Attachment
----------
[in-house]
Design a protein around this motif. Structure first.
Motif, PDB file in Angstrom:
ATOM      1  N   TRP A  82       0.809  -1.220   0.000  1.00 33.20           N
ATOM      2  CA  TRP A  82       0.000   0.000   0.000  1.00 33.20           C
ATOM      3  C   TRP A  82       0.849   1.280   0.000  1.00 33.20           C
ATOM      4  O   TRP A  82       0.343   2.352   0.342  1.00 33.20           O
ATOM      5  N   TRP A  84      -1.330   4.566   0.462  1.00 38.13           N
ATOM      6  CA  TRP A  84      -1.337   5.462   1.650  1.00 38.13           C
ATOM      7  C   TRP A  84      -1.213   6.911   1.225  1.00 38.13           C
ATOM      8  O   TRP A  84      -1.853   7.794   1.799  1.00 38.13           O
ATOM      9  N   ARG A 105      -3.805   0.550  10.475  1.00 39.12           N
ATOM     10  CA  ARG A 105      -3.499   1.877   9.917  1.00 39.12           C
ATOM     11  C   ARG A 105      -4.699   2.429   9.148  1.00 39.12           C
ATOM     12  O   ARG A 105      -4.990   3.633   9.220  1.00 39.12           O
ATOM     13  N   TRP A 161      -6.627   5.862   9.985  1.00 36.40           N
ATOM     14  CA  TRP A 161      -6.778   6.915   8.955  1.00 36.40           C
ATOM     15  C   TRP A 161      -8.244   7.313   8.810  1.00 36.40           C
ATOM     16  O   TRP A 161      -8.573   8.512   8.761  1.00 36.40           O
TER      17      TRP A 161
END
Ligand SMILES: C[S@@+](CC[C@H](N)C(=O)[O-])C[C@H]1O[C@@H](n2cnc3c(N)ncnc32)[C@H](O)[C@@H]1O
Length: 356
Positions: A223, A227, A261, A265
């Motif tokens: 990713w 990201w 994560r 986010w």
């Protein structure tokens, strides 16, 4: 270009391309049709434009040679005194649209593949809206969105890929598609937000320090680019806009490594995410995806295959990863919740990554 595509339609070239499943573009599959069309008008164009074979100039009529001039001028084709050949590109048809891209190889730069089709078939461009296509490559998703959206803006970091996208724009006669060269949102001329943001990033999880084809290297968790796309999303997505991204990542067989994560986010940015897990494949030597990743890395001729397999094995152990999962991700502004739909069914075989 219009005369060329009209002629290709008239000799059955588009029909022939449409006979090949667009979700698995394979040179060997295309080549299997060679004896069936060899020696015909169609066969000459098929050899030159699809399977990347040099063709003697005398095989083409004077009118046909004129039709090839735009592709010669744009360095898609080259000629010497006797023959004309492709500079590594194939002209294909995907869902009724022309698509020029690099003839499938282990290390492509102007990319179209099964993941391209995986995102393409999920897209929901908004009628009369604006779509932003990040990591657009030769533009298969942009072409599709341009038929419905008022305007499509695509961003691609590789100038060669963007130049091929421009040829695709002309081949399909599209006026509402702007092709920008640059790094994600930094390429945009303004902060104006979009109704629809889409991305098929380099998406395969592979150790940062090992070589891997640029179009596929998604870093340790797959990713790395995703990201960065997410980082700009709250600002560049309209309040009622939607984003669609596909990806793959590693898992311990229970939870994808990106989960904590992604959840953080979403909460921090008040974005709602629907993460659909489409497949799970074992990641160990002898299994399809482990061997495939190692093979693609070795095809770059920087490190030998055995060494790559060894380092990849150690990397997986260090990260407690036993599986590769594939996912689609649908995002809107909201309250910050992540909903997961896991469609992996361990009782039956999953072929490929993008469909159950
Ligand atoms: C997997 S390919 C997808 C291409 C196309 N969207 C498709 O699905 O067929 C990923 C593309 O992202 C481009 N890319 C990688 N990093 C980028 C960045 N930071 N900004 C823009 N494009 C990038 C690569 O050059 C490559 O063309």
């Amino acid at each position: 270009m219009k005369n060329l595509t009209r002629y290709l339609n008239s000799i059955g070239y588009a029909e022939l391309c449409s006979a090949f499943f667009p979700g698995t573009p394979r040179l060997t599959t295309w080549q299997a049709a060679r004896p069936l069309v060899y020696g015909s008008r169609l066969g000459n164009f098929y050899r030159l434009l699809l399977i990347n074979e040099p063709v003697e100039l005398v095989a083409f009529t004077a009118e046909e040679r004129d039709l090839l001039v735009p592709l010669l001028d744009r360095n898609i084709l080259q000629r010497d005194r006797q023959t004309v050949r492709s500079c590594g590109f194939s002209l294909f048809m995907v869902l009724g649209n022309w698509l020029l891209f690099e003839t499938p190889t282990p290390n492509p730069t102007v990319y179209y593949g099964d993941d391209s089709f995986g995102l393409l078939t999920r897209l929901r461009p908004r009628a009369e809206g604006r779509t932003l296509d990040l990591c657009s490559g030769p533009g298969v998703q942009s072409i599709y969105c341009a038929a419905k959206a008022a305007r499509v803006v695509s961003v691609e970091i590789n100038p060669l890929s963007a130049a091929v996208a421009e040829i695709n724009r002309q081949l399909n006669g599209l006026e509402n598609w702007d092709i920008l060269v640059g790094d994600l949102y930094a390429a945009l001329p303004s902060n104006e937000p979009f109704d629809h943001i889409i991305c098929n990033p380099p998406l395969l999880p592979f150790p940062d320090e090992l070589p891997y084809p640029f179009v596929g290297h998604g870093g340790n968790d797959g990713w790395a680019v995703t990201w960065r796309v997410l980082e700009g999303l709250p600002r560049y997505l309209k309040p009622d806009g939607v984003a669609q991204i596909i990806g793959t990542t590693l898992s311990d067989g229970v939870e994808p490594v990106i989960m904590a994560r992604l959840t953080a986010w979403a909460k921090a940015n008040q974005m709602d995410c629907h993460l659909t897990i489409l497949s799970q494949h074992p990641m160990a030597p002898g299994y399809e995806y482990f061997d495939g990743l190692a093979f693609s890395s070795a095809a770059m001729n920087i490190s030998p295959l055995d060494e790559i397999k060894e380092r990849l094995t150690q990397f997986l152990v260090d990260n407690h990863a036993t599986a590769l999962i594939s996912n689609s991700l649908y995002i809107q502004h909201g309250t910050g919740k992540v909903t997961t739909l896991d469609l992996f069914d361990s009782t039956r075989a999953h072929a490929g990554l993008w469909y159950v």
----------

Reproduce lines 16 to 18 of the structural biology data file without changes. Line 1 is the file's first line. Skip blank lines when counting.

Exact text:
ATOM     13  N   TRP A 161      -6.627   5.862   9.985  1.00 36.40           N
ATOM     14  CA  TRP A 161      -6.778   6.915   8.955  1.00 36.40           C
ATOM     15  C   TRP A 161      -8.244   7.313   8.810  1.00 36.40           C